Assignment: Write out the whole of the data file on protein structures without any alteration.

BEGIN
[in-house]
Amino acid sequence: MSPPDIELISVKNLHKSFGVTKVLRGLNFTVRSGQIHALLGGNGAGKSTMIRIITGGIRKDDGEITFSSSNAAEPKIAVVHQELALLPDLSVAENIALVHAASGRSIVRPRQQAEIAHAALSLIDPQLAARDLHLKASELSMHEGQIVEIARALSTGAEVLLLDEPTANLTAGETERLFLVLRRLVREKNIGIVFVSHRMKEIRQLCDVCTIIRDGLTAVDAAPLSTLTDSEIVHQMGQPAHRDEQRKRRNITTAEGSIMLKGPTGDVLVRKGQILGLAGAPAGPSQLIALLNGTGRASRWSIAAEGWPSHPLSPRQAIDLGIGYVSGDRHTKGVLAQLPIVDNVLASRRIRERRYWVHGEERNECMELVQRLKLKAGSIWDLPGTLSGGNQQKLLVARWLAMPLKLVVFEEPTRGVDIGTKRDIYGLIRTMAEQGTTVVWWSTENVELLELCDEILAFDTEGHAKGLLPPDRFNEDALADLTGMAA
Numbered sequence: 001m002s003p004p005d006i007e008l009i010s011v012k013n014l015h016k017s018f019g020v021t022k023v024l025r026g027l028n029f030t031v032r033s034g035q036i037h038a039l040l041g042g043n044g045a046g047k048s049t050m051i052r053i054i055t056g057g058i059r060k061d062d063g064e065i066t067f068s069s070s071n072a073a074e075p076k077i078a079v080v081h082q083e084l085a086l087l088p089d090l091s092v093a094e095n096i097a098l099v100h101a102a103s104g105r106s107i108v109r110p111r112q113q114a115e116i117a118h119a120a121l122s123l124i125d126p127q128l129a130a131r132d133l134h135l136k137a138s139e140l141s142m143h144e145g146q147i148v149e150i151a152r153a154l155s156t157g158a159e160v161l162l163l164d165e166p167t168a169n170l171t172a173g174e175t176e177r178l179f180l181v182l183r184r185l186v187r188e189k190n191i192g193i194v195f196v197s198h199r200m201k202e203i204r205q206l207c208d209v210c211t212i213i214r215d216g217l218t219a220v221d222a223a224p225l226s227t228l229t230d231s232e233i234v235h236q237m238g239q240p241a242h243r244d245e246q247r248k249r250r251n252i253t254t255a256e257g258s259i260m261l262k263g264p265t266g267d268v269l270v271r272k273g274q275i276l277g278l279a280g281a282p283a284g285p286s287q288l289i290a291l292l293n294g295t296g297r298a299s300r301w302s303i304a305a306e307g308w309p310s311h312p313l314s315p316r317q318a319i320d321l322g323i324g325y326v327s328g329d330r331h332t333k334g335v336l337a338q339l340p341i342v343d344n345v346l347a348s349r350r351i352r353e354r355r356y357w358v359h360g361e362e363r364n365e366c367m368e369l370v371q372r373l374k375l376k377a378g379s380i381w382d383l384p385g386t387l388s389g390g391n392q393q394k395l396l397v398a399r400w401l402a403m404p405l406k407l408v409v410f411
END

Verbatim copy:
[in-house]
Amino acid sequence: MSPPDIELISVKNLHKSFGVTKVLRGLNFTVRSGQIHALLGGNGAGKSTMIRIITGGIRKDDGEITFSSSNAAEPKIAVVHQELALLPDLSVAENIALVHAASGRSIVRPRQQAEIAHAALSLIDPQLAARDLHLKASELSMHEGQIVEIARALSTGAEVLLLDEPTANLTAGETERLFLVLRRLVREKNIGIVFVSHRMKEIRQLCDVCTIIRDGLTAVDAAPLSTLTDSEIVHQMGQPAHRDEQRKRRNITTAEGSIMLKGPTGDVLVRKGQILGLAGAPAGPSQLIALLNGTGRASRWSIAAEGWPSHPLSPRQAIDLGIGYVSGDRHTKGVLAQLPIVDNVLASRRIRERRYWVHGEERNECMELVQRLKLKAGSIWDLPGTLSGGNQQKLLVARWLAMPLKLVVFEEPTRGVDIGTKRDIYGLIRTMAEQGTTVVWWSTENVELLELCDEILAFDTEGHAKGLLPPDRFNEDALADLTGMAA
Numbered sequence: 001m002s003p004p005d006i007e008l009i010s011v012k013n014l015h016k017s018f019g020v021t022k023v024l025r026g027l028n029f030t031v032r033s034g035q036i037h038a039l040l041g042g043n044g045a046g047k048s049t050m051i052r053i054i055t056g057g058i059r060k061d062d063g064e065i066t067f068s069s070s071n072a073a074e075p076k077i078a079v080v081h082q083e084l085a086l087l088p089d090l091s092v093a094e095n096i097a098l099v100h101a102a103s104g105r106s107i108v109r110p111r112q113q114a115e116i117a118h119a120a121l122s123l124i125d126p127q128l129a130a131r132d133l134h135l136k137a138s139e140l141s142m143h144e145g146q147i148v149e150i151a152r153a154l155s156t157g158a159e160v161l162l163l164d165e166p167t168a169n170l171t172a173g174e175t176e177r178l179f180l181v182l183r184r185l186v187r188e189k190n191i192g193i194v195f196v197s198h199r200m201k202e203i204r205q206l207c208d209v210c211t212i213i214r215d216g217l218t219a220v221d222a223a224p225l226s227t228l229t230d231s232e233i234v235h236q237m238g239q240p241a242h243r244d245e246q247r248k249r250r251n252i253t254t255a256e257g258s259i260m261l262k263g264p265t266g267d268v269l270v271r272k273g274q275i276l277g278l279a280g281a282p283a284g285p286s287q288l289i290a291l292l293n294g295t296g297r298a299s300r301w302s303i304a305a306e307g308w309p310s311h312p313l314s315p316r317q318a319i320d321l322g323i324g325y326v327s328g329d330r331h332t333k334g335v336l337a338q339l340p341i342v343d344n345v346l347a348s349r350r351i352r353e354r355r356y357w358v359h360g361e362e363r364n365e366c367m368e369l370v371q372r373l374k375l376k377a378g379s380i381w382d383l384p385g386t387l388s389g390g391n392q393q394k395l396l397v398a399r400w401l402a403m404p405l406k407l408v409v410f411